Moreover, over the life cycle, financial decisions, risk aversion, and utility function change. Borrowing happens mostly at a young age, asset accumulation at middle age, and spending at old age. These behaviors have a substantial effect on growth and inflation as well as on asset allocation and asset prices. Thus, demographic changes are having a significant impact on how people work, consume and save.

In conclusion, growth and inflation follow the growth of the proportion of workers to the total population, as shown on the graphs below, plotting 10y annualized growth and inflation rates vs. the Age Dependency Ratio (i.e., the ratio between young and old over the working-age population).

Click the image to enlarge
Click the image to enlarge

How is technology linked to inflation?

Using various forms, technology allows businesses to scale efficiently, cut production costs, and expand to new markets. Lower costs imply a balance between higher margins and lower output prices. Global competition tends to boost the latter. 

Moreover, the scaling capacity enabled via technology implies that virtually any change in demand could be met with an adequate supply, making it impossible for the prices to rise. Demand-side inflation will be non-existent. In other words, the advance in Artificial Intelligence, especially in forecasting capacities, allows the suppliers to predict future demand and act accordingly. Robotics will enable the resulting scaling and, except from supply shocks similar to those of the Covid-19 pandemic, consumer prices across all sectors could not go up.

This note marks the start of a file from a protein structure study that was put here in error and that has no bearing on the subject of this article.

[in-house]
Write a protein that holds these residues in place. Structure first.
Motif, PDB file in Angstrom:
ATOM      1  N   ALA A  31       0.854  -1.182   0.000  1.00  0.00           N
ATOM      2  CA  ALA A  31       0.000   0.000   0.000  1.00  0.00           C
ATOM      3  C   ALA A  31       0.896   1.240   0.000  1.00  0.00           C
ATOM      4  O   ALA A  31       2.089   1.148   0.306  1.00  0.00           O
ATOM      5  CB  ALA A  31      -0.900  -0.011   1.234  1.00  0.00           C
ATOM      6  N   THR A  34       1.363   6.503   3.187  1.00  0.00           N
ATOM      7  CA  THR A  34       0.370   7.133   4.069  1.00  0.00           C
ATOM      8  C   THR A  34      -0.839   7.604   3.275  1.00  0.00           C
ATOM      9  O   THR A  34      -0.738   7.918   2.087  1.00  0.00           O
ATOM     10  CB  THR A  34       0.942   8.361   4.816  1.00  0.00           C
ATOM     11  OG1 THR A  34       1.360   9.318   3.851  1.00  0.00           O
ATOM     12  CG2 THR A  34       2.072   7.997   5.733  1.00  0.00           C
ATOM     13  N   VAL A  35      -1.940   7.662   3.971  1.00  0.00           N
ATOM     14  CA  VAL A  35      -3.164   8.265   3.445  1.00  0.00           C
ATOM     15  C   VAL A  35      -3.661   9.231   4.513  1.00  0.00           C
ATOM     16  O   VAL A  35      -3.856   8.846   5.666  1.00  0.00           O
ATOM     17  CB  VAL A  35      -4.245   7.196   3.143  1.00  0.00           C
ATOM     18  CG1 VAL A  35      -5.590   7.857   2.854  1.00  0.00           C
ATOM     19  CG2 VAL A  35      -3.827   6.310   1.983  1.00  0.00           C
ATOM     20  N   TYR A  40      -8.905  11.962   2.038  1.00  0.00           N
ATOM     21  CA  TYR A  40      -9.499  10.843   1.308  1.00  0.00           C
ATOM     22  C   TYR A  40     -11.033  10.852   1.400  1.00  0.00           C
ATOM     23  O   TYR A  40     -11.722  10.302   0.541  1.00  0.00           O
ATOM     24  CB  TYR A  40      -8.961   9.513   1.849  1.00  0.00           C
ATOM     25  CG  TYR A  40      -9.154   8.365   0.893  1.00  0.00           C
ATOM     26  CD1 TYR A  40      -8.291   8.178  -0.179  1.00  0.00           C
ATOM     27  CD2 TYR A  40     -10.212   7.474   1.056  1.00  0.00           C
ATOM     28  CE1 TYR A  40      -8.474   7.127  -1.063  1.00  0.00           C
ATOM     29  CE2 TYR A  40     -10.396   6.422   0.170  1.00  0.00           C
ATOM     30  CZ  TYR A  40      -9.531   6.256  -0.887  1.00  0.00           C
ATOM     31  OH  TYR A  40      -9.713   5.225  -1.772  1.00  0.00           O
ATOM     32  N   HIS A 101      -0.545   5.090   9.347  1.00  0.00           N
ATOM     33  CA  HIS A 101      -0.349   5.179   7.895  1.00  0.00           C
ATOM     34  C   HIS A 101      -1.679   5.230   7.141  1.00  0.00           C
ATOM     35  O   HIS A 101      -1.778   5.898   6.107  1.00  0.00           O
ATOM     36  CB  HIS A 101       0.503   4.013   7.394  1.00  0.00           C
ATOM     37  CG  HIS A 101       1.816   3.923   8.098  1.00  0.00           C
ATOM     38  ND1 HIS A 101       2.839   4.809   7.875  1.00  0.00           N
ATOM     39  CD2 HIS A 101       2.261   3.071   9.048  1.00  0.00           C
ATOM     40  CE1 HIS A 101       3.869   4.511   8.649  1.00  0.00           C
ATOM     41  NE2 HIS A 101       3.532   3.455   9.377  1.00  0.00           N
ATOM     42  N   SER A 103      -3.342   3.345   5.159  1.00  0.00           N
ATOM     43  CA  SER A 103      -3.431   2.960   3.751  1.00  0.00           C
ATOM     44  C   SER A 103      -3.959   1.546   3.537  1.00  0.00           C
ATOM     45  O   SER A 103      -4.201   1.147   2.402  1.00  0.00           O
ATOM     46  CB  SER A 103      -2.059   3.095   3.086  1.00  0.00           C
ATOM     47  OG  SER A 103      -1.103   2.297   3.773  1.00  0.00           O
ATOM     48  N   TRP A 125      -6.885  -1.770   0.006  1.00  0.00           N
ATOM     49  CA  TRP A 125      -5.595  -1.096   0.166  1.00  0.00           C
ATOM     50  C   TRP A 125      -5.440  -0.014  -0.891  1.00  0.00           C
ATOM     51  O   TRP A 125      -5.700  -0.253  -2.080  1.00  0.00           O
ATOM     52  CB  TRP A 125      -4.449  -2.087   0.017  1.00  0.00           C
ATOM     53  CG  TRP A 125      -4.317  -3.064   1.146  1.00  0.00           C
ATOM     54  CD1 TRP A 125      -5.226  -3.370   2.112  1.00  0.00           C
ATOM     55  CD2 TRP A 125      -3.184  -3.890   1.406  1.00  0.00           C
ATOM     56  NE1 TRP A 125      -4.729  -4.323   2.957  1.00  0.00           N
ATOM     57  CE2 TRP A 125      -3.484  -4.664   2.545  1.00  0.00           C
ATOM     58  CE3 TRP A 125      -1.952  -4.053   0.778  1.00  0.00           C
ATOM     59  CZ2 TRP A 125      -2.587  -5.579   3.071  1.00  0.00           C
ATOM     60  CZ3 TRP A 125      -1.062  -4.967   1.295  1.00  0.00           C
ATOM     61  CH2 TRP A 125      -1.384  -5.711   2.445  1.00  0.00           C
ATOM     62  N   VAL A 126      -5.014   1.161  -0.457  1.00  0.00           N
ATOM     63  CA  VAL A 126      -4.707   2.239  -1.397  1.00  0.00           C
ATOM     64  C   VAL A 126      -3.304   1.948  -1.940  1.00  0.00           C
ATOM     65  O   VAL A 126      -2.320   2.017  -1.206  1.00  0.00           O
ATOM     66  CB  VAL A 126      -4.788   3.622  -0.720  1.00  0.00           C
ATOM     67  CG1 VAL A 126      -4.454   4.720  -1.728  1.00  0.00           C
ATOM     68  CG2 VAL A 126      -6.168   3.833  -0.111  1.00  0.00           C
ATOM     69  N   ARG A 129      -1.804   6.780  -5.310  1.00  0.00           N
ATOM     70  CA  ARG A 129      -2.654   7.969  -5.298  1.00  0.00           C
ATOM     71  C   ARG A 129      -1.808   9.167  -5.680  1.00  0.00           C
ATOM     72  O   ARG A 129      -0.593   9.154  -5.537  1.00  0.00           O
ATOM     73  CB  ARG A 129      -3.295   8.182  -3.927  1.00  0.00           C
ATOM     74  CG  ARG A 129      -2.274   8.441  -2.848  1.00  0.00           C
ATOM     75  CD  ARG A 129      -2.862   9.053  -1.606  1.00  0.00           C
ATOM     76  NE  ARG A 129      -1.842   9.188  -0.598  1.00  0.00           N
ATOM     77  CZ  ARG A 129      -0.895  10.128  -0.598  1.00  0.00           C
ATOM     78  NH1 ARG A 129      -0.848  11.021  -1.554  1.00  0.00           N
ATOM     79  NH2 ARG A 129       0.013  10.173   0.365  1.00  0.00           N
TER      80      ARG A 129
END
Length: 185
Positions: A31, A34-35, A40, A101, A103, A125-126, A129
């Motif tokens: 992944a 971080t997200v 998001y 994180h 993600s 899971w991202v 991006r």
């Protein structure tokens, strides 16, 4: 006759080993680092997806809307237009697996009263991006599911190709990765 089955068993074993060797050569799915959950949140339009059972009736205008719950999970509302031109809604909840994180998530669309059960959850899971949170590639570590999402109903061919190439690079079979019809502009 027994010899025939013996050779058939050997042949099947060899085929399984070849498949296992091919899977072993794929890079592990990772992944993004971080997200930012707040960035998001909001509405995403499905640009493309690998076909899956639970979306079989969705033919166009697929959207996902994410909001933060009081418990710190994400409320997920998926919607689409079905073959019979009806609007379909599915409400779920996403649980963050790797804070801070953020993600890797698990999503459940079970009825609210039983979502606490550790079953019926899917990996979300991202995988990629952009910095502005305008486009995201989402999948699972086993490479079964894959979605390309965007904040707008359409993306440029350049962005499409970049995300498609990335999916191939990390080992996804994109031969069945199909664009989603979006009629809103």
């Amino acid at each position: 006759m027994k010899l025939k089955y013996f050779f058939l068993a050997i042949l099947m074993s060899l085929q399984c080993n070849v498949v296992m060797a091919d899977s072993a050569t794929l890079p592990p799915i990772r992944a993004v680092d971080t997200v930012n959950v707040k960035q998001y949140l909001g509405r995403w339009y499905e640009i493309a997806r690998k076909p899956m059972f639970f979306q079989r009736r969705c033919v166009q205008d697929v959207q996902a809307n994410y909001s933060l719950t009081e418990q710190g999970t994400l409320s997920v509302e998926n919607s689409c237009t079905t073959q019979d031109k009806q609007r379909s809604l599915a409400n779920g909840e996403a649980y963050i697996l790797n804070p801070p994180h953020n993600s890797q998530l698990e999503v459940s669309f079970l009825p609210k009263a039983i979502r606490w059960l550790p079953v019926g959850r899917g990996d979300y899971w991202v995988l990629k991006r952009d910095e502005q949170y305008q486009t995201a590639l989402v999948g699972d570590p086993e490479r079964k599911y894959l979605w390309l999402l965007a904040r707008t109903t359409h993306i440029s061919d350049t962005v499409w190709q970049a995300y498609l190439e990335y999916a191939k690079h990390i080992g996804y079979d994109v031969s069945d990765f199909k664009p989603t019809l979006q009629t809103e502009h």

Starting within its own sector, technology’s inflation has been trending down, with consumer prices losing more than 93% since 1988. The chart below shows a simple measure of inflation, also known as the consumer price index (CPI), for IT, Hardware, and Services.

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Technology, Artificial Intelligence, and Robotics adoption are accelerating along the whole value chain and across sectors, helping to lower consumer prices similarly to what already happened in the Information Technology sector.

Besides, the use of automation and robots to replace human workers will put downward pressure on wages, avoiding salary Inflation, and simultaneously prevent more demand for goods and services. 

In other words, the use of technology in any business generates a deflationary trend.

Our takeaway

Technology and demographic trends are suggesting yields shall remain low for years to come. Both are stable, robust, and structural forces that pressure yields down. While inflation can increase for the next few months considering the current demand/supply imbalances, yields face headwinds that are almost impossible to fight. This should support assets and, in particular, the equity sector.